Exchange tie-ups “not worth the air miles they are written with”
The wisdom of alliances and mergers between exchanges was a subject of controversy at the Mondo Visione exchange forum in London this week, with one participant lambasting such deals as “not worth the air miles they were written on”. Others had a more positive view.
Ongoing emerging market collaboration projects include a Caribbean Exchange Network, which achieved regulatory approval in 2011, a Pan-African commodities exchange in Zambia, South Africa, Botswana and Namibia, and the MILA stock exchange initiative in South America, which Mexico is due to join in Q1 next year.
According to Murat Mazibaş, director of business and product development at Borsa Istanbul, there is also a project to unite the Balkan stock exchanges into a regional grouping. Turkey’s own Borsa Istanbul has a strategic partnership with Nasdaq OMX, based largely on upgrades to the exchange’s technology.
“We want to work on business collaboration,” said Mazibaş. “Jumping to become a global financial centre overnight is impossible. You have to walk step by step – so we have established relationships with exchanges around the region, and we want to make platforms to bring these exchanges together. The Middle East has aggressive growth strategies, especially in the Gulf. Exchanges are seeking cross border alliances.”
The shareholder value of exchange alliances and mergers was roundly criticised by session chair Patrick Young, executive director at DV Advisors, who labelled the Central and Eastern Europe Stock Exchange Group headed by Vienna Börse as a total failure and “the worst shareholder deal in history”.
“Exchange alliances are not worth the paper they’re written on,” he said. “They don’t work and never have done. The Vienna-led stock exchange group is a disaster – it has three franchises but no value. Their volumes are collapsing, they lost all their futures, possibly because Deutsche Börse just happens to be on Xetra and so can steal all their volumes. CEESEG is a complete business failure, and now Vienna hopes Warsaw will be stupid enough to buy it.”
“Why does Shenzhen Exchange taking a photo with Luxembourg mean anything?” he added. “I just don’t buy it. Where is the money? When you say Western empires are better than exchanges, that’s foolish. Why does it require very expensive Western technology? Xetra is a horribly expensive platform for emerging market exchanges and doesn’t add any value. Recreating the Austro-Hungarian Empire isn’t doing anyone in eastern Europe any good.”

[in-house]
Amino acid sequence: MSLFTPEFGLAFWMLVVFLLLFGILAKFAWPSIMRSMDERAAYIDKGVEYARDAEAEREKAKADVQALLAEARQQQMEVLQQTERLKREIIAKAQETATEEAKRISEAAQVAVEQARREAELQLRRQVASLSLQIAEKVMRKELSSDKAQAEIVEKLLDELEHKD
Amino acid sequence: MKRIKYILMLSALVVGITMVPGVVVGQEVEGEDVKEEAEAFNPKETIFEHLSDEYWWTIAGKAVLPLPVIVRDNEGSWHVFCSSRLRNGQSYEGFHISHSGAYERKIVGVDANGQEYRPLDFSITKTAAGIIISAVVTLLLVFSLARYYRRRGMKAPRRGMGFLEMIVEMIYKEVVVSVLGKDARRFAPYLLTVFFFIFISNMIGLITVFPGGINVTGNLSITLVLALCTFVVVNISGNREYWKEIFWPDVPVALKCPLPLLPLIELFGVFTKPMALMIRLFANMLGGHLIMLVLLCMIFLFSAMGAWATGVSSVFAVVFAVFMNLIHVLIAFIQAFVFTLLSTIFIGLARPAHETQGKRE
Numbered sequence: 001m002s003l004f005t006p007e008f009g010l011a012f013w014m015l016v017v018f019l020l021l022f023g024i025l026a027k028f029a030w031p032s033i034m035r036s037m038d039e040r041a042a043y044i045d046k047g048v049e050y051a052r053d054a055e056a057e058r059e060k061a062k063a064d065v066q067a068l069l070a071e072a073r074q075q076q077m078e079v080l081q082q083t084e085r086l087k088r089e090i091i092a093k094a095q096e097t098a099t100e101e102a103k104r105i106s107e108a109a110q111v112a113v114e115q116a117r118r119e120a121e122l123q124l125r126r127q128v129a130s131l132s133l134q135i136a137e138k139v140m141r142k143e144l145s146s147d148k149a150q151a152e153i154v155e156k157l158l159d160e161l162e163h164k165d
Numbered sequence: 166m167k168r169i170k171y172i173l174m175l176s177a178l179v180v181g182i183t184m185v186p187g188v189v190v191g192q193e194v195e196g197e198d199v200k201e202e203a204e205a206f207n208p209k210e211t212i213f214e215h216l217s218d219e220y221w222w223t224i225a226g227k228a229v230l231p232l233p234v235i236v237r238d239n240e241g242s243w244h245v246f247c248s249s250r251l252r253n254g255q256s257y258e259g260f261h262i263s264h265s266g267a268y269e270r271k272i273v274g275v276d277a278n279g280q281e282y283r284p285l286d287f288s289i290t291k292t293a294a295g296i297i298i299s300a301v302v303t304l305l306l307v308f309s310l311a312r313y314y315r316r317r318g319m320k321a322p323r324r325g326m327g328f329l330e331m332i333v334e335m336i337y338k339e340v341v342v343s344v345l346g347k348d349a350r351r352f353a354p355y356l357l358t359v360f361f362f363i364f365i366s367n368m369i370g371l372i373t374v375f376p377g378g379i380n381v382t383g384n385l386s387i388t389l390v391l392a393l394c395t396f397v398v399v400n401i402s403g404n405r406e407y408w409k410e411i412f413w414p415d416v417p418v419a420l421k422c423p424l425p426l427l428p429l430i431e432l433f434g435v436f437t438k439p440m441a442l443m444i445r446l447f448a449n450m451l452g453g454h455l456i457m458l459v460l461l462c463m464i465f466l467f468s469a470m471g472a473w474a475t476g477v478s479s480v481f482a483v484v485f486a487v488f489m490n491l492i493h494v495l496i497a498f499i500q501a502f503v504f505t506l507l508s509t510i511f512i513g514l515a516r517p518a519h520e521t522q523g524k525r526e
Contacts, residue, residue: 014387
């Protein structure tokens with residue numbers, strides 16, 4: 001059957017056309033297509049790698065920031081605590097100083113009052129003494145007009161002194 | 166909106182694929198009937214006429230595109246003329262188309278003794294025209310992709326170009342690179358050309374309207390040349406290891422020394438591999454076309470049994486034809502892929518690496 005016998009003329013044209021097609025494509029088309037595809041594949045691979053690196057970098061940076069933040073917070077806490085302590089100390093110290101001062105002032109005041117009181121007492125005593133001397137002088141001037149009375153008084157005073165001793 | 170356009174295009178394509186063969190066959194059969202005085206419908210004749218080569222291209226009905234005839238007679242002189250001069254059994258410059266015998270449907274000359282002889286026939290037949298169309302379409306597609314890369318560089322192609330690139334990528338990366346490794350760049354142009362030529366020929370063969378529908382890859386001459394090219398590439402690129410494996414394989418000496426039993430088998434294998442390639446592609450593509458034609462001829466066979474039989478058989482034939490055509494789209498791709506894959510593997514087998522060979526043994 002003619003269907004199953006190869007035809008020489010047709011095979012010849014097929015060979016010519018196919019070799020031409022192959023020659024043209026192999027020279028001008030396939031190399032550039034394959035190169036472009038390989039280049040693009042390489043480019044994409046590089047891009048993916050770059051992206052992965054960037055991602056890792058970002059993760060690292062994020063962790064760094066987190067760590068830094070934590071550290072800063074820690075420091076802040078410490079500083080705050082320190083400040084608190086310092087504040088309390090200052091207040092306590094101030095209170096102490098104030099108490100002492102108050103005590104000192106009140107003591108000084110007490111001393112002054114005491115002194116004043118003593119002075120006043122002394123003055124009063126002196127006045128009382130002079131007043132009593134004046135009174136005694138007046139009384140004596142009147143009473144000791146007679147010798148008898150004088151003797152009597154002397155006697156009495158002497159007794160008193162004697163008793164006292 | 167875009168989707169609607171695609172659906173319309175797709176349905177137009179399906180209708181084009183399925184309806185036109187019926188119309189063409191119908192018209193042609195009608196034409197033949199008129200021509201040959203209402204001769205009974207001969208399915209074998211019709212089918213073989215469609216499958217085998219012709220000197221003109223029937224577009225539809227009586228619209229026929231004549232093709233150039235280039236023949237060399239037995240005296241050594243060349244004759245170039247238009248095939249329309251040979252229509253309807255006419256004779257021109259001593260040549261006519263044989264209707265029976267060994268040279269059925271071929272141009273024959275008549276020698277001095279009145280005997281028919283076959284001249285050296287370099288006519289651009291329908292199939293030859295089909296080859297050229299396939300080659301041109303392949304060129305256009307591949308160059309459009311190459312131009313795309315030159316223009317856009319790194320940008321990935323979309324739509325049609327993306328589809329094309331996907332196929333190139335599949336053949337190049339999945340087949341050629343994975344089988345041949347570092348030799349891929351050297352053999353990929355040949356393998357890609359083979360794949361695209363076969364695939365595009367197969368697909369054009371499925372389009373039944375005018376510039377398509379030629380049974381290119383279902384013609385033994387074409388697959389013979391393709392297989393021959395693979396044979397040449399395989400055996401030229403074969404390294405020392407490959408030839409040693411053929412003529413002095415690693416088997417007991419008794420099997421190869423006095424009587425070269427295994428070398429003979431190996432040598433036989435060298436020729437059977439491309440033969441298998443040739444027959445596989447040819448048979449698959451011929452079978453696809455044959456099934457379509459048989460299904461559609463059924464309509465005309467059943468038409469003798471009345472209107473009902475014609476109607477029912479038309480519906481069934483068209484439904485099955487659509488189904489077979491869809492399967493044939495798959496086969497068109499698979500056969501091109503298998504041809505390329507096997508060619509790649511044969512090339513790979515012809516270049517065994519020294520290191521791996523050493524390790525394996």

Other panellists responded that there can be value in regional exchange tie-ups. According to Steve Phillips, senior managing director, Latin America and Caribbean at Nasdaq OMX, the MILA exchange integration project between Chile, Colombia and Peru is a good example of the success a regional effort can bring.
“Cross border trading does happen,” he said. “A Peruvian company bought the number two bank in Chile. One of the big problems is that in Colombia, four of the biggest corporate names are listed in the US. The highest cap stock on the exchange is the national petrol company. So in Bogata they are trying hard to align their trade types with international standards, and they are trying to improve corporate governance to build up the respect and confidence in their exchange. MILA is an important part of that strategy.”
Sandra Ro, executive director of FX research and product development at CME Group, pointed out that in some emerging markets, local improvement projects are relatively unknown to the outside world and may only be discovered by visiting the country in person.
“You have to go there to hear about it,” she said. “Meeting the people behind the Pan-African commodity exchange at Johannesburg was an amazing experience. Earlier this year, I found an exchange I never knew about when I got a call from Badex – an FX dealer asked me how to market-make an FX future. I looked them up and found out they were in Zambia. Most of the time they are getting money locally. There’s so much going on. It’s very exciting.”